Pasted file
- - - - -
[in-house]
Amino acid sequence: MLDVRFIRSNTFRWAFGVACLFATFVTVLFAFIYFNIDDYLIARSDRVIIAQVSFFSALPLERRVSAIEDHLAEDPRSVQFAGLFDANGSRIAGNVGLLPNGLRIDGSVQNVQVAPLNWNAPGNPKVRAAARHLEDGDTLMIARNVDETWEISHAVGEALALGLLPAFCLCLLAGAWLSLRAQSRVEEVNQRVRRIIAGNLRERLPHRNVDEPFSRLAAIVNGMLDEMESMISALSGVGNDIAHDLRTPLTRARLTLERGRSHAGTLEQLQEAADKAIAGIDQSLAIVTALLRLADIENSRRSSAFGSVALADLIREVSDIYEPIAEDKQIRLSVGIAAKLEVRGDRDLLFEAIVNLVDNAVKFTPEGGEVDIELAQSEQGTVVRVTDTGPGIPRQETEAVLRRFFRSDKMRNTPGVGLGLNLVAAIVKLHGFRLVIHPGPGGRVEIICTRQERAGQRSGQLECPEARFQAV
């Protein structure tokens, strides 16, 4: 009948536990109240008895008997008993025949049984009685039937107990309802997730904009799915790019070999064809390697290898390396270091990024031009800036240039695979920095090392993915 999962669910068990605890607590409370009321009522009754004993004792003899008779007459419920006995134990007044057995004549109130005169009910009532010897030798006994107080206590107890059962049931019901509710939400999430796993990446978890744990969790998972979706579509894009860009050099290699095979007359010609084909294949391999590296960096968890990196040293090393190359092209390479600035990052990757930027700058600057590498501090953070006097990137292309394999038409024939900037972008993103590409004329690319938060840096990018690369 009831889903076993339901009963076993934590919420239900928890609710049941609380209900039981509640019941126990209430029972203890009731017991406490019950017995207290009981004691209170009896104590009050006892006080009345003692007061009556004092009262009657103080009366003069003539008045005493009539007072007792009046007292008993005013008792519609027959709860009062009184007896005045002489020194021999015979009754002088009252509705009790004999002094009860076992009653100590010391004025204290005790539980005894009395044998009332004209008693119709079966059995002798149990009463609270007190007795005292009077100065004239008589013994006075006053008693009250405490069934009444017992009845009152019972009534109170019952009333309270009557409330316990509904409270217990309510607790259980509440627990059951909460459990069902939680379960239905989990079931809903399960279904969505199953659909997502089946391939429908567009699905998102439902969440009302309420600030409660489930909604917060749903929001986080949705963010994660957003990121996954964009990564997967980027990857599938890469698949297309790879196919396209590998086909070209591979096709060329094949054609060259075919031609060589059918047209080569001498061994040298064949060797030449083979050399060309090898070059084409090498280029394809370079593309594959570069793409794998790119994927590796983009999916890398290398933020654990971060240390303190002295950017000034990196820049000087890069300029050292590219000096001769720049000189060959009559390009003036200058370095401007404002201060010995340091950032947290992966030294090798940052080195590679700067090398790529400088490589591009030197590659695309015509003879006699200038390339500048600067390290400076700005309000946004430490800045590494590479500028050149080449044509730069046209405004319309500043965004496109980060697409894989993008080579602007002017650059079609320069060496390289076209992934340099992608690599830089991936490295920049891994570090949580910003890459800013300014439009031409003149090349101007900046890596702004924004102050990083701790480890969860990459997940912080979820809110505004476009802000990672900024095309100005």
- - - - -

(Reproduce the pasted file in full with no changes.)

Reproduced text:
[in-house]
Amino acid sequence: MLDVRFIRSNTFRWAFGVACLFATFVTVLFAFIYFNIDDYLIARSDRVIIAQVSFFSALPLERRVSAIEDHLAEDPRSVQFAGLFDANGSRIAGNVGLLPNGLRIDGSVQNVQVAPLNWNAPGNPKVRAAARHLEDGDTLMIARNVDETWEISHAVGEALALGLLPAFCLCLLAGAWLSLRAQSRVEEVNQRVRRIIAGNLRERLPHRNVDEPFSRLAAIVNGMLDEMESMISALSGVGNDIAHDLRTPLTRARLTLERGRSHAGTLEQLQEAADKAIAGIDQSLAIVTALLRLADIENSRRSSAFGSVALADLIREVSDIYEPIAEDKQIRLSVGIAAKLEVRGDRDLLFEAIVNLVDNAVKFTPEGGEVDIELAQSEQGTVVRVTDTGPGIPRQETEAVLRRFFRSDKMRNTPGVGLGLNLVAAIVKLHGFRLVIHPGPGGRVEIICTRQERAGQRSGQLECPEARFQAV
């Protein structure tokens, strides 16, 4: 009948536990109240008895008997008993025949049984009685039937107990309802997730904009799915790019070999064809390697290898390396270091990024031009800036240039695979920095090392993915 999962669910068990605890607590409370009321009522009754004993004792003899008779007459419920006995134990007044057995004549109130005169009910009532010897030798006994107080206590107890059962049931019901509710939400999430796993990446978890744990969790998972979706579509894009860009050099290699095979007359010609084909294949391999590296960096968890990196040293090393190359092209390479600035990052990757930027700058600057590498501090953070006097990137292309394999038409024939900037972008993103590409004329690319938060840096990018690369 009831889903076993339901009963076993934590919420239900928890609710049941609380209900039981509640019941126990209430029972203890009731017991406490019950017995207290009981004691209170009896104590009050006892006080009345003692007061009556004092009262009657103080009366003069003539008045005493009539007072007792009046007292008993005013008792519609027959709860009062009184007896005045002489020194021999015979009754002088009252509705009790004999002094009860076992009653100590010391004025204290005790539980005894009395044998009332004209008693119709079966059995002798149990009463609270007190007795005292009077100065004239008589013994006075006053008693009250405490069934009444017992009845009152019972009534109170019952009333309270009557409330316990509904409270217990309510607790259980509440627990059951909460459990069902939680379960239905989990079931809903399960279904969505199953659909997502089946391939429908567009699905998102439902969440009302309420600030409660489930909604917060749903929001986080949705963010994660957003990121996954964009990564997967980027990857599938890469698949297309790879196919396209590998086909070209591979096709060329094949054609060259075919031609060589059918047209080569001498061994040298064949060797030449083979050399060309090898070059084409090498280029394809370079593309594959570069793409794998790119994927590796983009999916890398290398933020654990971060240390303190002295950017000034990196820049000087890069300029050292590219000096001769720049000189060959009559390009003036200058370095401007404002201060010995340091950032947290992966030294090798940052080195590679700067090398790529400088490589591009030197590659695309015509003879006699200038390339500048600067390290400076700005309000946004430490800045590494590479500028050149080449044509730069046209405004319309500043965004496109980060697409894989993008080579602007002017650059079609320069060496390289076209992934340099992608690599830089991936490295920049891994570090949580910003890459800013300014439009031409003149090349101007900046890596702004924004102050990083701790480890969860990459997940912080979820809110505004476009802000990672900024095309100005």